Stanford University, for example, chose Jonathan Levin as its next president, turning to someone who was an undergraduate there in the 1990s and joined the faculty in 2000. Richard K. Lyons, who will take over at Berkeley in July, has even longer connections to his campus: He earned his undergraduate degree there in 1982 and has been a faculty member since 1993. Boards have also been willing to keep interim presidents for protracted spells. When Martha E. Pollack, Cornell’s president for the past seven years, announced this month that she would retire in June, the university said it would delay a search for her replacement for at least 15 months. Penn has put off a public hunt for a permanent president, even though M. Elizabeth Magill resigned in December. It’s a process that takes time.” U.C.L.A. and Yale did not respond to inquiries about their presidential searches.

Some potential presidents are as wary as schools. Dr. Dirks

A persistent challenge is that presidents must contend with so many constituents — students, parents, faculty members, other university employees, public officials, donors, alumni, athletic program sponsors — with competing interests. The position becomes one in which it makes no difference what you do, someone is going to be after you,” said Michael M. Crow, Arizona State University’s president. (“Boy, your alums, if they don’t like something going on, especially in athletics, they’re on it,” Richard B. Myers, the former chairman of the Joint Chiefs of Staff who later served as president of Kansas State University, said with a chuckle.)

Mark Yudof, who led the University of California and the University of Texas systems, compared a presidency to serving as mayor or governor. You don’t even know everything that’s happening at your university, much less in the wider world,” said Mr. Yudof, whose first presidency was at the University of Minnesota. Even at smaller colleges, the pressures have grown, intensified by social media. Marjorie Hass, president of the Council of Independent Colleges, said presidents were fielding grievances from everyone from students to members of religious denominations that fund schools. And at any moment, national and international debates threaten to ram into campus life with startling speed and intensity. In presidential election years, many leaders said, it can be even worse, as poisoned national discourse swamps campuses American College Leadership These Days.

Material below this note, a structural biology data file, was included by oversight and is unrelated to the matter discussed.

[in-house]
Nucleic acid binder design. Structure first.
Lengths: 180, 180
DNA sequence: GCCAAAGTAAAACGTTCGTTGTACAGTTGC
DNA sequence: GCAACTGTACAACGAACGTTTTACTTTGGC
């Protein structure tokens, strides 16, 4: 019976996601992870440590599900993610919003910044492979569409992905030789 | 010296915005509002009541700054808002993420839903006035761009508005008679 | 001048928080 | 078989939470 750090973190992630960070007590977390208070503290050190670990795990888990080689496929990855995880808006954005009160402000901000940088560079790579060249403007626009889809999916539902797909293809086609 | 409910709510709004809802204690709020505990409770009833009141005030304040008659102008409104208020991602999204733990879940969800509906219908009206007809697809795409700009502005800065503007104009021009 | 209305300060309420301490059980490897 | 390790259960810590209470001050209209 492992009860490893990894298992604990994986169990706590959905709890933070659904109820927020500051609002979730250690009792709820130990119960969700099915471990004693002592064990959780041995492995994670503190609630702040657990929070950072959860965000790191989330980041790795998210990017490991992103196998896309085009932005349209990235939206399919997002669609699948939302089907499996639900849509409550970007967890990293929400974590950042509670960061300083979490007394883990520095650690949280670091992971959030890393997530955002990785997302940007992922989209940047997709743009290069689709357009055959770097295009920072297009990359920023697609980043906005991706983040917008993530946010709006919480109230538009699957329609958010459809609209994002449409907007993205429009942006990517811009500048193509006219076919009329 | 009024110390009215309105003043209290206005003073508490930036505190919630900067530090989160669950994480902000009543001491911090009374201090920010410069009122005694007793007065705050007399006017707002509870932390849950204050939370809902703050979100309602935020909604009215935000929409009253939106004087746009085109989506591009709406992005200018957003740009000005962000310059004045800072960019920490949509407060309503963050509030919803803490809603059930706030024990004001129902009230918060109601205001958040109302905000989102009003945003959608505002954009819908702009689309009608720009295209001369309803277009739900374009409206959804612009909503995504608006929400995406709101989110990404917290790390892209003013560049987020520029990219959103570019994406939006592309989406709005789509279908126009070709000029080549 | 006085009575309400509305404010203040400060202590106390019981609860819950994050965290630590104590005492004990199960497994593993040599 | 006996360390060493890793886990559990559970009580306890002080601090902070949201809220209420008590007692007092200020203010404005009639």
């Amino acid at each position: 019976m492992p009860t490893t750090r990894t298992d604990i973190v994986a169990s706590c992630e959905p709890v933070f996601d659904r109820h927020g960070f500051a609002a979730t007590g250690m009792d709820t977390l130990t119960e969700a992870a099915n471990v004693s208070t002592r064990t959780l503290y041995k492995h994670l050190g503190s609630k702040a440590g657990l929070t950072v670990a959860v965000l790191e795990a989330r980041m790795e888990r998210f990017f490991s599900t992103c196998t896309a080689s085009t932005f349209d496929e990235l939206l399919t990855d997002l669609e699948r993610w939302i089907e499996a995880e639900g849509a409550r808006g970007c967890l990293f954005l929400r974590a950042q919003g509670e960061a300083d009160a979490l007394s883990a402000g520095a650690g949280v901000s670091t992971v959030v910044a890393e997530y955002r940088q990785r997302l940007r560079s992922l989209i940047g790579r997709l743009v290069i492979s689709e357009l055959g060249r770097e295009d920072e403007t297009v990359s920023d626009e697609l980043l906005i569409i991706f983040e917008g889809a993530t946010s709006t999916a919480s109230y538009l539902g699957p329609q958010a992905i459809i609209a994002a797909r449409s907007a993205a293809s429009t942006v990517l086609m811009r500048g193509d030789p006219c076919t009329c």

To become a part of the greater political narrative and the focus, you don’t necessarily come into the positions for that,” said Quinton T. Ross Jr., the president of Alabama State University and a former state legislator. You really don’t. But it’s par for the course.” Few university presidents openly acknowledge doubts about their jobs, even as some hedge on their eagerness to take similar roles again. Despite the turmoil, Daniel Diermeier, Vanderbilt University’s chancellor, believes the urgent demands today could ultimately make the jobs more gratifying. You’d much rather be prime minister of Britain in ’43 than ’53,” he said. If you go in this direction, don’t you want to do it when it matters? Yes, it’s more difficult. Yes, it’s more stressful. But, after all, we want to have an impact, right? And when the stakes are high, your leadership matters more American College Leadership These Days.”